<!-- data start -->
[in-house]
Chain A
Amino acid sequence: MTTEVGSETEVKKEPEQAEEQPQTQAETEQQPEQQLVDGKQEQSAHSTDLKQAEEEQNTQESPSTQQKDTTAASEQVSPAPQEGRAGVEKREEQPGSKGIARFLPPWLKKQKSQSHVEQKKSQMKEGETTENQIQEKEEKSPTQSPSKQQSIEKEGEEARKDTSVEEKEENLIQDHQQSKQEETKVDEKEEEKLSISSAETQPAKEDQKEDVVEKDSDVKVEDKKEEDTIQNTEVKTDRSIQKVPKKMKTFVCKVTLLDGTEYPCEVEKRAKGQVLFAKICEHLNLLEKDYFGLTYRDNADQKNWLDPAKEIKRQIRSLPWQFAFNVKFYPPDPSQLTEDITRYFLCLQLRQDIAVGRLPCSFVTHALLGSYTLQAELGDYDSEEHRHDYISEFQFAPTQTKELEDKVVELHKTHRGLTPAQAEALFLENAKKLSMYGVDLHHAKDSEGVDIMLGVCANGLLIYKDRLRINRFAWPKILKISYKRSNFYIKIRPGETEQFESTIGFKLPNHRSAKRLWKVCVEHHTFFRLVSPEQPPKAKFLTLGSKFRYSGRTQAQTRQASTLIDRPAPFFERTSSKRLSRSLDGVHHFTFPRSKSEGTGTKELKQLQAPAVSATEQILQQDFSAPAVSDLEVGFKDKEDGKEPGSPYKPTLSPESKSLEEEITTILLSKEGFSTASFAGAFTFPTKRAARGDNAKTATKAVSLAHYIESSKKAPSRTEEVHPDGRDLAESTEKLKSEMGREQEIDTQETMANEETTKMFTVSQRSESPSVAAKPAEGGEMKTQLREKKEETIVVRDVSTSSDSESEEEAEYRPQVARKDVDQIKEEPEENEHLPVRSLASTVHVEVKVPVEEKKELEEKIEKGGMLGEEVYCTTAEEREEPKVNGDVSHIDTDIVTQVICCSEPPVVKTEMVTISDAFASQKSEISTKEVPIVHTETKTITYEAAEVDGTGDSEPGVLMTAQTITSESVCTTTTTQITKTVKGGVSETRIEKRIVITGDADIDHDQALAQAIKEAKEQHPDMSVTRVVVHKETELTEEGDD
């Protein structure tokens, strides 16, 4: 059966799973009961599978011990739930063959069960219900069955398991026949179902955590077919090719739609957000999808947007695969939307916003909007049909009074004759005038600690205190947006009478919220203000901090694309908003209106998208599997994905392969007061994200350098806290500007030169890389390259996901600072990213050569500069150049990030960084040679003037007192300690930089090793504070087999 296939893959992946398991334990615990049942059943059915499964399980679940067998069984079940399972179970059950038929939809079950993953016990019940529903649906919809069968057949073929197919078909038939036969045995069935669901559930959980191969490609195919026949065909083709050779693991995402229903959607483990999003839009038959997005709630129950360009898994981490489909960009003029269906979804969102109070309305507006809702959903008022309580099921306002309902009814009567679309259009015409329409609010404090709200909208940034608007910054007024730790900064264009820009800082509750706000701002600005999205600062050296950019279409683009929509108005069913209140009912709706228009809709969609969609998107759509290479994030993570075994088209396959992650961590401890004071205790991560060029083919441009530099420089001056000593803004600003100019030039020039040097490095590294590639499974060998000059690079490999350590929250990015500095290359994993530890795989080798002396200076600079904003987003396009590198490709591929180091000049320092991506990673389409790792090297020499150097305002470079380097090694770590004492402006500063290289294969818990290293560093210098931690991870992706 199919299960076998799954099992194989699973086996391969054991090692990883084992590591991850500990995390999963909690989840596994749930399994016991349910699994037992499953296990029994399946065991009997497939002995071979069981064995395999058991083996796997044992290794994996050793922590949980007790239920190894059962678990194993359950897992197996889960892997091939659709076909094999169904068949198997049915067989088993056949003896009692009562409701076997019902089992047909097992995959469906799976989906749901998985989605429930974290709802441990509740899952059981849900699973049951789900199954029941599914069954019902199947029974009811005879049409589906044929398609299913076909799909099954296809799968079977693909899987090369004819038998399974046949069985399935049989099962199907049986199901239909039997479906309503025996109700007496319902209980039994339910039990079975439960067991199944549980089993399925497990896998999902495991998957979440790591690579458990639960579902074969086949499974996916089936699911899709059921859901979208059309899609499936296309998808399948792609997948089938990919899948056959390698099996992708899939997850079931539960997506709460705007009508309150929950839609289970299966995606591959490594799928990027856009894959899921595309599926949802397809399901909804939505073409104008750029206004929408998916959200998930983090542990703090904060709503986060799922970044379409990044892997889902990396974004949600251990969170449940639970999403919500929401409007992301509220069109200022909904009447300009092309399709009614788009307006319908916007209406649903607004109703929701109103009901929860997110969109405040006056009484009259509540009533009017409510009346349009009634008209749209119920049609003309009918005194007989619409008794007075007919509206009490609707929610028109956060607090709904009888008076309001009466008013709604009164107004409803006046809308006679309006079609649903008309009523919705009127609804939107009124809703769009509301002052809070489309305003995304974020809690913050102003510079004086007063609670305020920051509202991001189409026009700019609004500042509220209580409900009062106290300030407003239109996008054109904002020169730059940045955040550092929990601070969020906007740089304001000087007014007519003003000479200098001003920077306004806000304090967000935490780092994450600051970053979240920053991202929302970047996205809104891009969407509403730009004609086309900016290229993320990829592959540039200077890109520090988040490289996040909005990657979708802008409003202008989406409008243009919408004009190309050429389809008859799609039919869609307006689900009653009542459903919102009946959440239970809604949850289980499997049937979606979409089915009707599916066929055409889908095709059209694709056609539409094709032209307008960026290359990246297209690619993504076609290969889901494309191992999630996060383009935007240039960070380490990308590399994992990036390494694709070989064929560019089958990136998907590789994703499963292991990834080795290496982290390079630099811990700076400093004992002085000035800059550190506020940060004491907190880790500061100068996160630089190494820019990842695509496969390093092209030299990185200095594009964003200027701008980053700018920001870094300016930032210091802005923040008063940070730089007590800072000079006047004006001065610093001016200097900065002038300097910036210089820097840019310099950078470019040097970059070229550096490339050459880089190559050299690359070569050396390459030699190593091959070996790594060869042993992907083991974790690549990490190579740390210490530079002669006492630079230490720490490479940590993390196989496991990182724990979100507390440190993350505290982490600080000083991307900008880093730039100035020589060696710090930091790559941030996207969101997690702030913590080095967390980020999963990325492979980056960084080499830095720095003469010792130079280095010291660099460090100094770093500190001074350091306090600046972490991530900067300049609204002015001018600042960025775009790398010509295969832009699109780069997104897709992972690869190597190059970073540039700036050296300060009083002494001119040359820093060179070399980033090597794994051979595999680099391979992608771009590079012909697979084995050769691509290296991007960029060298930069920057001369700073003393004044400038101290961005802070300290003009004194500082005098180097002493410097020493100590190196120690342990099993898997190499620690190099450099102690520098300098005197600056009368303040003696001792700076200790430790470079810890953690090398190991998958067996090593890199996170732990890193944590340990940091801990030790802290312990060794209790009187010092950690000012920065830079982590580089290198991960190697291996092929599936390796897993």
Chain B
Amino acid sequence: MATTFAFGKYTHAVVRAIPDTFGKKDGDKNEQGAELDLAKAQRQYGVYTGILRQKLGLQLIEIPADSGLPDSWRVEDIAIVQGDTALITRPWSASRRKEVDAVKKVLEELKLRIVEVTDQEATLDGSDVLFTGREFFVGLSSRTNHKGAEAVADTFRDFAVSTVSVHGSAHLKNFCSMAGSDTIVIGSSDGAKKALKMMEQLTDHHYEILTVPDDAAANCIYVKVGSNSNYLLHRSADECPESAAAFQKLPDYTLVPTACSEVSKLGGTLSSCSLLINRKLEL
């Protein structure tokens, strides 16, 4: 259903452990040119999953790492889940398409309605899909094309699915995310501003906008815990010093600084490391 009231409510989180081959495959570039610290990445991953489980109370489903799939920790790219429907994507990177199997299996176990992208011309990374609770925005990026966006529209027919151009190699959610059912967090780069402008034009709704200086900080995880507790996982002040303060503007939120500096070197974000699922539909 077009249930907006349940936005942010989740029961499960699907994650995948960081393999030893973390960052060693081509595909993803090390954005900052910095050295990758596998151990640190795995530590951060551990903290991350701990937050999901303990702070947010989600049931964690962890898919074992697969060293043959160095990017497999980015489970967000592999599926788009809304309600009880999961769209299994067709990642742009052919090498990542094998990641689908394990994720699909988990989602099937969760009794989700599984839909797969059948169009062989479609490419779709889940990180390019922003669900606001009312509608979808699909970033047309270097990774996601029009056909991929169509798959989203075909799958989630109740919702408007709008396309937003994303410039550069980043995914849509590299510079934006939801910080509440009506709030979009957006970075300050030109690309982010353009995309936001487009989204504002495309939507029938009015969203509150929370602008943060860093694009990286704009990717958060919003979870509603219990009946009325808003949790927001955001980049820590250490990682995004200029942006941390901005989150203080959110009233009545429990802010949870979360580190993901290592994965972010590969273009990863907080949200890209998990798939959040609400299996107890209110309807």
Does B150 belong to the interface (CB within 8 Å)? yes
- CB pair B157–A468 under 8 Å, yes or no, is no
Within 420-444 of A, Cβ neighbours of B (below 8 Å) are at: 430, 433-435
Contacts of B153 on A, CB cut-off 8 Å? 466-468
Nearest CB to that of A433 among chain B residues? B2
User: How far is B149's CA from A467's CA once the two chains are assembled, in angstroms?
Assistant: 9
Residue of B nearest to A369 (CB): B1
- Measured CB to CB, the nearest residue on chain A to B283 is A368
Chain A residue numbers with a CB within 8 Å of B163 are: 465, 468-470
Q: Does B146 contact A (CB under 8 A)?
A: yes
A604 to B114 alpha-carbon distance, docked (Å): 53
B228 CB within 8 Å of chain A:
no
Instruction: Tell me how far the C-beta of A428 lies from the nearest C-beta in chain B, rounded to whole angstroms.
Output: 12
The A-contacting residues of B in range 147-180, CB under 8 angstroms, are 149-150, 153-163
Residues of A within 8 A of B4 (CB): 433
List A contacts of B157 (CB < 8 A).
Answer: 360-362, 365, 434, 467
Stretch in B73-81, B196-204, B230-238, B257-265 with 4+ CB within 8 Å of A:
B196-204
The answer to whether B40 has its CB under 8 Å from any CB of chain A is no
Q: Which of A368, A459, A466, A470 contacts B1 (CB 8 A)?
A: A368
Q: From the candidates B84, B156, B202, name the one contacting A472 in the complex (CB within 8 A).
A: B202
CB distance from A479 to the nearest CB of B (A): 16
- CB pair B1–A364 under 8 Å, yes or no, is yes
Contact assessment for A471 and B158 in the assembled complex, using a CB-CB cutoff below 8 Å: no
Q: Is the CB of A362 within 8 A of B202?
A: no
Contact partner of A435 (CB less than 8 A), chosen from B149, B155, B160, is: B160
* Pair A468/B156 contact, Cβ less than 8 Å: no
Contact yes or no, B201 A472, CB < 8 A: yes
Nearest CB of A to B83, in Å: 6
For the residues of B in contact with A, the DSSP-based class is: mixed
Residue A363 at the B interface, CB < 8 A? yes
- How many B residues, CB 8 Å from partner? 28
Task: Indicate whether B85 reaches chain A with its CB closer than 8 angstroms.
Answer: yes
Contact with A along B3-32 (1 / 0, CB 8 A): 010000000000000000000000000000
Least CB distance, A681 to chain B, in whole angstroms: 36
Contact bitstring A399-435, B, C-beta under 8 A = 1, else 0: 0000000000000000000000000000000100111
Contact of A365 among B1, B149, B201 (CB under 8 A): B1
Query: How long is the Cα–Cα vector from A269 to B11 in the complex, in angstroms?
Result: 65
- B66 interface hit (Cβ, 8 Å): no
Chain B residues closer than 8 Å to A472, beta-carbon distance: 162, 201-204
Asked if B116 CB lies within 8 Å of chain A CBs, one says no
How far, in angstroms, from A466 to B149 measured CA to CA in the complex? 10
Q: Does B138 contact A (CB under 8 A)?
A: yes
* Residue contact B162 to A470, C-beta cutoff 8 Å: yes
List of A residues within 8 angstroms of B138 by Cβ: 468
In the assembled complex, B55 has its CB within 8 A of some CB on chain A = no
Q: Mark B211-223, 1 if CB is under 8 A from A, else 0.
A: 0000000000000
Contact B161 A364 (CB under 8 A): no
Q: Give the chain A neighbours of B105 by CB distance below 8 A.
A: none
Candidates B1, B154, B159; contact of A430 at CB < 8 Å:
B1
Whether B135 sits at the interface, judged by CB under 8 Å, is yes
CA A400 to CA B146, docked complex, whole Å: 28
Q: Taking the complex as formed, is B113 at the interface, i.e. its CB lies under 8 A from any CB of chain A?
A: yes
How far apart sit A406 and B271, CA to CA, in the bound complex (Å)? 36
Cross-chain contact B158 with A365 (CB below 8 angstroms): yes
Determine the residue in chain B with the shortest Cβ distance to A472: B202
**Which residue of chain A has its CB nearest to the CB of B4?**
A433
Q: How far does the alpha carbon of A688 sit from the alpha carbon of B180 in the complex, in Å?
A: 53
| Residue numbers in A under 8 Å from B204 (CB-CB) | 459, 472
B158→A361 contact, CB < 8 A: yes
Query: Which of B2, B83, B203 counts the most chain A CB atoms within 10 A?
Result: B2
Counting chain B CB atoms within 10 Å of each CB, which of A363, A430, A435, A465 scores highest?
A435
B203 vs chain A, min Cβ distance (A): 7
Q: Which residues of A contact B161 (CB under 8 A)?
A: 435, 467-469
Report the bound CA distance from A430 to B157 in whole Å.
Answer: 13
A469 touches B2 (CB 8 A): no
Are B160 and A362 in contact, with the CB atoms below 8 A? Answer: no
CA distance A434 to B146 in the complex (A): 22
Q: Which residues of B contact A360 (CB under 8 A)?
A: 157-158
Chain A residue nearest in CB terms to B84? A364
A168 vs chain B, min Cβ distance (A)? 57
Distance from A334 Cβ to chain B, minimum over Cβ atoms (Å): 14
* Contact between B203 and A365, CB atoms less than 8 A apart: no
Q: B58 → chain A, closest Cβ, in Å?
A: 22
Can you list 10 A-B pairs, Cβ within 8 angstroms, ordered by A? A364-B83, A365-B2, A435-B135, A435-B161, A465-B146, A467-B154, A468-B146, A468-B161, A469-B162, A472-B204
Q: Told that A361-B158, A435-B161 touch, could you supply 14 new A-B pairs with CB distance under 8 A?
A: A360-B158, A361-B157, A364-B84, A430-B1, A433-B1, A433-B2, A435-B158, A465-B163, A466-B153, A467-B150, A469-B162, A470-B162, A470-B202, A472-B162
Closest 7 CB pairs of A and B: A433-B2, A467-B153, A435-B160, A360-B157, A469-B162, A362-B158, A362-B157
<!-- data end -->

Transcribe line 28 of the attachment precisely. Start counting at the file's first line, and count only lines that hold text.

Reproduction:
Answer: 360-362, 365, 434, 467